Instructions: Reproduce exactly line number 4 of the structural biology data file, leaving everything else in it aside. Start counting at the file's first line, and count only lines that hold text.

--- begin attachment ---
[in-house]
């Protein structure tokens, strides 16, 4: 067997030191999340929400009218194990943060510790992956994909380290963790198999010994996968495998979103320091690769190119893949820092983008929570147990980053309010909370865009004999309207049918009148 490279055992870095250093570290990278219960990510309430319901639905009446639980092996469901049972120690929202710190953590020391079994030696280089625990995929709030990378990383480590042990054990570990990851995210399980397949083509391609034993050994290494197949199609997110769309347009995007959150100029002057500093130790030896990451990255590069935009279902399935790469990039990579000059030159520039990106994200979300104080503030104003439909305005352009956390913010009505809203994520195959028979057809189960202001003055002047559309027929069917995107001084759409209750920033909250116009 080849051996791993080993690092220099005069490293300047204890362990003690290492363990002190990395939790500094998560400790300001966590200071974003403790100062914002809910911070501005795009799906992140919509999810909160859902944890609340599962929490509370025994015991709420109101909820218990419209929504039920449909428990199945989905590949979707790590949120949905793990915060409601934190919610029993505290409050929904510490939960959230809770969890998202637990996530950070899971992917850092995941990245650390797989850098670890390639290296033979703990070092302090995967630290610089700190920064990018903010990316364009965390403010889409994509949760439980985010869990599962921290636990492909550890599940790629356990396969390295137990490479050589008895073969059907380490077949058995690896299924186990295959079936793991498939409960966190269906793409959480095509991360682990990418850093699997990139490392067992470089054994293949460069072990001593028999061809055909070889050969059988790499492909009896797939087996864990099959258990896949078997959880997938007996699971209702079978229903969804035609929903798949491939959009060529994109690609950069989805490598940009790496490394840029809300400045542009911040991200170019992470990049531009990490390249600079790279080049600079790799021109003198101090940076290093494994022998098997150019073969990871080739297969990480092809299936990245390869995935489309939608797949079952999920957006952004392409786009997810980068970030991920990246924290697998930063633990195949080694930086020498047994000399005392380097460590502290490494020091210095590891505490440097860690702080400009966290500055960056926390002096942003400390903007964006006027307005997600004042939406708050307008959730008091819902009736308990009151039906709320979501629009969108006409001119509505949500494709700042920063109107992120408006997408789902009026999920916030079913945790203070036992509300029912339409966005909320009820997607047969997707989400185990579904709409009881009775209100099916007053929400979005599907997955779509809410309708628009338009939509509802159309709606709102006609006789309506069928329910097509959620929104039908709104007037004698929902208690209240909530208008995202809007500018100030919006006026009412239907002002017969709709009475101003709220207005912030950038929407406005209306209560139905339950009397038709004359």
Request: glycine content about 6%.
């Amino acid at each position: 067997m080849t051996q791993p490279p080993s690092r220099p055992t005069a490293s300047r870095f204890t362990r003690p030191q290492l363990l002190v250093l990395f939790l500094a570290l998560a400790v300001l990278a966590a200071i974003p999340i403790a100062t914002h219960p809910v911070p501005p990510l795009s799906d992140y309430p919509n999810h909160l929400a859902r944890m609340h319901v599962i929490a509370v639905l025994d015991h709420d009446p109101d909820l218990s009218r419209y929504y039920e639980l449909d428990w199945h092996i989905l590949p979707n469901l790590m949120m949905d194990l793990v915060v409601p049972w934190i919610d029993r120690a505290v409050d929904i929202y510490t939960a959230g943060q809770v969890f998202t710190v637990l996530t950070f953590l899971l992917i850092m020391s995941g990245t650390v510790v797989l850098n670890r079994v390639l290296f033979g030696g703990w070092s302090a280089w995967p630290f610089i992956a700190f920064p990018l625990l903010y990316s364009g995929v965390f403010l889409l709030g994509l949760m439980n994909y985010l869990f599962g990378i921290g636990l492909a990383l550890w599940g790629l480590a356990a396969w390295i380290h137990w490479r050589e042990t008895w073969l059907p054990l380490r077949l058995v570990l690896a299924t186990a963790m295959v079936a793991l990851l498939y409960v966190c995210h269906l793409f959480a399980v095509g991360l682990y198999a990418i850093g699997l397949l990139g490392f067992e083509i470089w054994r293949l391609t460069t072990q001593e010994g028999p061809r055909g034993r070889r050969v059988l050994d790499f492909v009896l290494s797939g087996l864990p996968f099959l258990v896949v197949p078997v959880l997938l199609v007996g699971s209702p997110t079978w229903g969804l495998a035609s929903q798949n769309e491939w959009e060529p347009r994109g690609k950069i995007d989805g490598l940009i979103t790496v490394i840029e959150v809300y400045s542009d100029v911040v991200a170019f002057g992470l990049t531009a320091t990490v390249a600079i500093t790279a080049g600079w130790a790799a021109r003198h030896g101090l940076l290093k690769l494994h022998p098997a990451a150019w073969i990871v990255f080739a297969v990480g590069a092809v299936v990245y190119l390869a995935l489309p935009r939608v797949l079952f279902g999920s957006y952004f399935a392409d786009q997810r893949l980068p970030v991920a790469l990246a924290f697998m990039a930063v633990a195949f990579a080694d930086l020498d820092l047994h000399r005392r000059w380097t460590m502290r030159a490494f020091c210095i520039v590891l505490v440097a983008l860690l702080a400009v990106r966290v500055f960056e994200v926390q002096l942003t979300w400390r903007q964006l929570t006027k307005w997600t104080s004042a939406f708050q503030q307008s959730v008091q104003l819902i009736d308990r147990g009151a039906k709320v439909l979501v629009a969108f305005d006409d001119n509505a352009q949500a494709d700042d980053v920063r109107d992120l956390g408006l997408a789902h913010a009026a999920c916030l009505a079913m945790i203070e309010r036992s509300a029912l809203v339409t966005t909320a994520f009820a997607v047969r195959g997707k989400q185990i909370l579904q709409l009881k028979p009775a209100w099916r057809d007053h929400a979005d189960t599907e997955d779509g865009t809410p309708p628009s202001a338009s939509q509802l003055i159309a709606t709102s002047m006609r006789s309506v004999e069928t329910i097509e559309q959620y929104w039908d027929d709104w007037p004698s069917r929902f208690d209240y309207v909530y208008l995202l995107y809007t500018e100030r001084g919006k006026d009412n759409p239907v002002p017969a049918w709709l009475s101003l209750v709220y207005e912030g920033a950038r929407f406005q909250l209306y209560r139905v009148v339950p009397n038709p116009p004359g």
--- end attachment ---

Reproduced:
């Amino acid at each position: 067997m080849t051996q791993p490279p080993s690092r220099p055992t005069a490293s300047r870095f204890t362990r003690p030191q290492l363990l002190v250093l990395f939790l500094a570290l998560a400790v300001l990278a966590a200071i974003p999340i403790a100062t914002h219960p809910v911070p501005p990510l795009s799906d992140y309430p919509n999810h909160l929400a859902r944890m609340h319901v599962i929490a509370v639905l025994d015991h709420d009446p109101d909820l218990s009218r419209y929504y039920e639980l449909d428990w199945h092996i989905l590949p979707n469901l790590m949120m949905d194990l793990v915060v409601p049972w934190i919610d029993r120690a505290v409050d929904i929202y510490t939960a959230g943060q809770v969890f998202t710190v637990l996530t950070f953590l899971l992917i850092m020391s995941g990245t650390v510790v797989l850098n670890r079994v390639l290296f033979g030696g703990w070092s302090a280089w995967p630290f610089i992956a700190f920064p990018l625990l903010y990316s364009g995929v965390f403010l889409l709030g994509l949760m439980n994909y985010l869990f599962g990378i921290g636990l492909a990383l550890w599940g790629l480590a356990a396969w390295i380290h137990w490479r050589e042990t008895w073969l059907p054990l380490r077949l058995v570990l690896a299924t186990a963790m295959v079936a793991l990851l498939y409960v966190c995210h269906l793409f959480a399980v095509g991360l682990y198999a990418i850093g699997l397949l990139g490392f067992e083509i470089w054994r293949l391609t460069t072990q001593e010994g028999p061809r055909g034993r070889r050969v059988l050994d790499f492909v009896l290494s797939g087996l864990p996968f099959l258990v896949v197949p078997v959880l997938l199609v007996g699971s209702p997110t079978w229903g969804l495998a035609s929903q798949n769309e491939w959009e060529p347009r994109g690609k950069i995007d989805g490598l940009i979103t790496v490394i840029e959150v809300y400045s542009d100029v911040v991200a170019f002057g992470l990049t531009a320091t990490v390249a600079i500093t790279a080049g600079w130790a790799a021109r003198h030896g101090l940076l290093k690769l494994h022998p098997a990451a150019w073969i990871v990255f080739a297969v990480g590069a092809v299936v990245y190119l390869a995935l489309p935009r939608v797949l079952f279902g999920s957006y952004f399935a392409d786009q997810r893949l980068p970030v991920a790469l990246a924290f697998m990039a930063v633990a195949f990579a080694d930086l020498d820092l047994h000399r005392r000059w380097t460590m502290r030159a490494f020091c210095i520039v590891l505490v440097a983008l860690l702080a400009v990106r966290v500055f960056e994200v926390q002096l942003t979300w400390r903007q964006l929570t006027k307005w997600t104080s004042a939406f708050q503030q307008s959730v008091q104003l819902i009736d308990r147990g009151a039906k709320v439909l979501v629009a969108f305005d006409d001119n509505a352009q949500a494709d700042d980053v920063r109107d992120l956390g408006l997408a789902h913010a009026a999920c916030l009505a079913m945790i203070e309010r036992s509300a029912l809203v339409t966005t909320a994520f009820a997607v047969r195959g997707k989400q185990i909370l579904q709409l009881k028979p009775a209100w099916r057809d007053h929400a979005d189960t599907e997955d779509g865009t809410p309708p628009s202001a338009s939509q509802l003055i159309a709606t709102s002047m006609r006789s309506v004999e069928t329910i097509e559309q959620y929104w039908d027929d709104w007037p004698s069917r929902f208690d209240y309207v909530y208008l995202l995107y809007t500018e100030r001084g919006k006026d009412n759409p239907v002002p017969a049918w709709l009475s101003l209750v709220y207005e912030g920033a950038r929407f406005q909250l209306y209560r139905v009148v339950p009397n038709p116009p004359g």